Bahr Yusuf leads water to the fertile Fayum area. Photo: Janne Klerk
At the entrance to the fertile Fayum region, in the narrow area of desert near the town of Sedment lay a burial area. A large number of tombs date from the First Intermediate Period, c. 2155-2050 BC. Petrie was therefore convinced that the tombs belonged to the town of Herakleopolis, from which the rulers of the First Intermediate Period ruled over the Northern part of Egypt. Herakleopolis, however, is not situated particularly close to Sedment, and today the site is regarded as a more local cemetery.
Tents in an old tomb in Sedment where Petrie and his team stayed
© Petrie Museum, University College London
Previous investigations of Sedment in 1904 were unsuccessful. However, the 1920-1921 season, saw the bringing to light of innumerable tombs with finds from several different periods. From the only completely undisturbed tomb from the First Intermediate Period, which belonged to a man by the name of Wadjethotep, the Glyptotek received all the finds.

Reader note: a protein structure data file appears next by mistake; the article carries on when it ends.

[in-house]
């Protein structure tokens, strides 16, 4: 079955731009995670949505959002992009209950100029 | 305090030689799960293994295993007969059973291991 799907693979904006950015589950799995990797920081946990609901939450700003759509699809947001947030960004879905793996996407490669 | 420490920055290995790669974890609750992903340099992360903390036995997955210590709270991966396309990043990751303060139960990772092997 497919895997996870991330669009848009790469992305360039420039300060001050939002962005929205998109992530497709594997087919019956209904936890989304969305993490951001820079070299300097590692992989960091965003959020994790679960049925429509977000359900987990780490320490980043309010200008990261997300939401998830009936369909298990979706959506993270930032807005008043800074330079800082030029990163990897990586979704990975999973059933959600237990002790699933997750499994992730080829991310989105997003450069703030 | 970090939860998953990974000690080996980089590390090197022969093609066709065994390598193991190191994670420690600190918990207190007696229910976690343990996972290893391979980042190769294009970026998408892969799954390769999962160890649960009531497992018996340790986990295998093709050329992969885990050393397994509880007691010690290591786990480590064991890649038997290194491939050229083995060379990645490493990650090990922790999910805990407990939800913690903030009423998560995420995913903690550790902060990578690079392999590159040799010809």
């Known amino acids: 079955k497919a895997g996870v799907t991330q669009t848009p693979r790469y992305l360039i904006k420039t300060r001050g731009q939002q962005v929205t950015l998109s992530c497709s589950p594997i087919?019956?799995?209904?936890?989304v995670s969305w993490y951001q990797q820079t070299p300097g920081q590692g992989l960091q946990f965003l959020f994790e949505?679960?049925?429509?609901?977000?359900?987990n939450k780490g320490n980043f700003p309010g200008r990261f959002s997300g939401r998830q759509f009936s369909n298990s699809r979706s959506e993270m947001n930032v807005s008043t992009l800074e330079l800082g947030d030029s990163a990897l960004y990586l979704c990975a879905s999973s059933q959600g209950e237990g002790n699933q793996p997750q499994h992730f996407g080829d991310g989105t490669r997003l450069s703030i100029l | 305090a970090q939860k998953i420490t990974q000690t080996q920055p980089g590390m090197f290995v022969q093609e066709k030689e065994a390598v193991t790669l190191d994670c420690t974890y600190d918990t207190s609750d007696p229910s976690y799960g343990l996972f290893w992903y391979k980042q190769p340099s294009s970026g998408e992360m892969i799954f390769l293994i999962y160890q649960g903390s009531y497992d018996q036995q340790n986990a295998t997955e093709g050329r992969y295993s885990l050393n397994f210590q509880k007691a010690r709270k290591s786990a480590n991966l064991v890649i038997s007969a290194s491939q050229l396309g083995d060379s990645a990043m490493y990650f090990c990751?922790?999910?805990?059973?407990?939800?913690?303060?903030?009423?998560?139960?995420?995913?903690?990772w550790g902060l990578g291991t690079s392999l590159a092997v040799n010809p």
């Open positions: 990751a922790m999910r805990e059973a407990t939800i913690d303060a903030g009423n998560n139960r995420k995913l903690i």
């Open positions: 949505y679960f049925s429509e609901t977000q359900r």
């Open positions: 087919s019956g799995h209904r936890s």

What, in Petrie’s words was the most significant tomb at Sedment belonged, however, to Meryrahashtef from the close of the Old Kingdom. A short distance down into the tomb shaft stood three finely carved wooden statuettes of Meryrahashtef. The largest one, with a staff and sceptre of rank went to the museum in Cairo, the middle one with a staff and deep furrows in the cheeks is in the Glyptotek. The smallest figure is today in the British Museum in London.